Joint seminar "How do gravity wave parameterizations influence atmospheric transport in current generation global climate models?"

The joint seminar of the Institute for Oceanography and Max Planck Institute for Meteorology is held every other week.

The joint seminar is held by Petr Sacha (University of Vigo, Guest of Gualtiero Badin, PI L2) on May 28, 3 pm at Universität Hamburg, Bundesstr. 53, room 22/23.

How do gravity wave parameterizations influence atmospheric transport in current generation global climate models?


In the terrestrial atmosphere, internal gravity waves (GWs) are a naturally occurring and ubiquitous, though intermittent phenomenon. In addition, GWs are asymmetrically distributed around the globe. In current generation global climate models (GCMs), GWs are usually smaller than the model grid resolution and the majority of their spectrum therefore must be parameterized. To some extent, the intermittency and asymmetry of a spatial distribution of the resulting GW drag (GWD) is present also in the parameterization outputs (in particular for orographic GWD (oGWD)). As the GW parameterization schemes in GCMs are usually tuned to get the zonal mean climatology of particular features right, an important question emerges: which impact do GW parameterizations have on the individual models atmosphere? The presentation will concern the impact of spatiotemporally intermittent GW forcing on the model middle atmosphere, with a special focus on the extra-tropical lower stratosphere region (LS). The LS region is characterized by a strong interplay of chemical, physical and dynamical processes. To date, the representation of this dynamically active region in models frequently mismatches observations. Although we can find a climatological maximum of oGWD in the LS, the role of GW forcing for the transport and composition in this region is poorly understood.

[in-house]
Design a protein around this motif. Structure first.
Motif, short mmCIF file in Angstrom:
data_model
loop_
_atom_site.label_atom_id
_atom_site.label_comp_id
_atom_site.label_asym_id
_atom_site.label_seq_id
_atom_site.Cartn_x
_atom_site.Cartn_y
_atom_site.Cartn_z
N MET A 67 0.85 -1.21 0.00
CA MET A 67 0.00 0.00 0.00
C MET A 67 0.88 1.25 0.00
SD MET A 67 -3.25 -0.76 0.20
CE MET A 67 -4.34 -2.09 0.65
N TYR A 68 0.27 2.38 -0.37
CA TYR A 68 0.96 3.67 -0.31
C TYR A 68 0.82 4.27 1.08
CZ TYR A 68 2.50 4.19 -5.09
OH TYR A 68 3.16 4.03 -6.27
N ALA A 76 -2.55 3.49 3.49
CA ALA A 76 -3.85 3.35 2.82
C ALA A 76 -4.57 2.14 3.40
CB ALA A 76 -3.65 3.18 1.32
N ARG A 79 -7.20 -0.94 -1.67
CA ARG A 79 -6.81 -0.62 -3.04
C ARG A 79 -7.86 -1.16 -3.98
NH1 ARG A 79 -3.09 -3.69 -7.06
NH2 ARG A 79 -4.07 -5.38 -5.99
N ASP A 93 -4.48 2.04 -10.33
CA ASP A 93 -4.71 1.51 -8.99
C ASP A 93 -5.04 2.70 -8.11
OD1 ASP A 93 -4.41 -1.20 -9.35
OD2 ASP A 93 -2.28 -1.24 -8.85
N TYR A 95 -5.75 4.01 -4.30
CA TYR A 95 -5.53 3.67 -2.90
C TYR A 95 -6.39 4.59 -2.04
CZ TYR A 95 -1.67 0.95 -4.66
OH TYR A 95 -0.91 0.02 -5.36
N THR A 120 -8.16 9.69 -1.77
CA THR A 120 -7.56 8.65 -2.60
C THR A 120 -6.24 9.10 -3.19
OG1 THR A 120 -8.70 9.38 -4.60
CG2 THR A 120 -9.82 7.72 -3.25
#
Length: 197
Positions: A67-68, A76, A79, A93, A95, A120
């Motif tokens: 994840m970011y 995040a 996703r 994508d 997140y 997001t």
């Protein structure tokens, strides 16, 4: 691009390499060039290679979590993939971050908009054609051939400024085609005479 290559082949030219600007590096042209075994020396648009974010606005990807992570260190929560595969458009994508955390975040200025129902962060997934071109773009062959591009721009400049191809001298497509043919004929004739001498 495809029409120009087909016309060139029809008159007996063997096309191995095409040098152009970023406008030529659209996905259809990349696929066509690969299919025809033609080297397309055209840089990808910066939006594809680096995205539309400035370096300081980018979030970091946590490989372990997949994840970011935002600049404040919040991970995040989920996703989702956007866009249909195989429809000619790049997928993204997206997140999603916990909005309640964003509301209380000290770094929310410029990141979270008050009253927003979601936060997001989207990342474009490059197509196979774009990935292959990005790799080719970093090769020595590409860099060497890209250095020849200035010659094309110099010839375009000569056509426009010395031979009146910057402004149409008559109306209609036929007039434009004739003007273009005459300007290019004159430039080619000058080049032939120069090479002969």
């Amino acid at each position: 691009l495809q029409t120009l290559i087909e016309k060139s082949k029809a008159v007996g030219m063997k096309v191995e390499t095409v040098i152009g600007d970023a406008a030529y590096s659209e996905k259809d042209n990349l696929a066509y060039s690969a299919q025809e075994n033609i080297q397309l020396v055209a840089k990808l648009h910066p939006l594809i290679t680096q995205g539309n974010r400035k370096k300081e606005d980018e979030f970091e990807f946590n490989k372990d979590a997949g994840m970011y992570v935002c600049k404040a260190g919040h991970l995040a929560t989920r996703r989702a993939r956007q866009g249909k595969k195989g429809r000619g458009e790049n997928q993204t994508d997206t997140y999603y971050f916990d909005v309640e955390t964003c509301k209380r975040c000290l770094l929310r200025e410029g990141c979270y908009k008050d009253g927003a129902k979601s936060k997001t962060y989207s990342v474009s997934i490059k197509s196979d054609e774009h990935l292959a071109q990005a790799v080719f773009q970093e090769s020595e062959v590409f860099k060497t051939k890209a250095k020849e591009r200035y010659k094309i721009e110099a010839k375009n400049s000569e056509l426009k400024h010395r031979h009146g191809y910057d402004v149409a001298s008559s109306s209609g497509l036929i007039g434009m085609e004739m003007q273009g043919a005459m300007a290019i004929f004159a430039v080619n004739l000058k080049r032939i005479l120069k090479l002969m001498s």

This presentation will combine observational evidence, idealized modeling and statistical analysis of GCM outputs to study both the short-term and long-term model response to the GW forcing. In detail, the so-called compensation mechanism between resolved and unresolved waves is studied. It is shown that this mechanism emerges as even more complex and universal than previously thought. The results presented will question the relationship between the advective part of the Brewer-Dobson circulation and the zonally asymmetric GW forcing, and a so-far neglected link between oGWD and large-scale quasi-isentropic stirring will be discussed.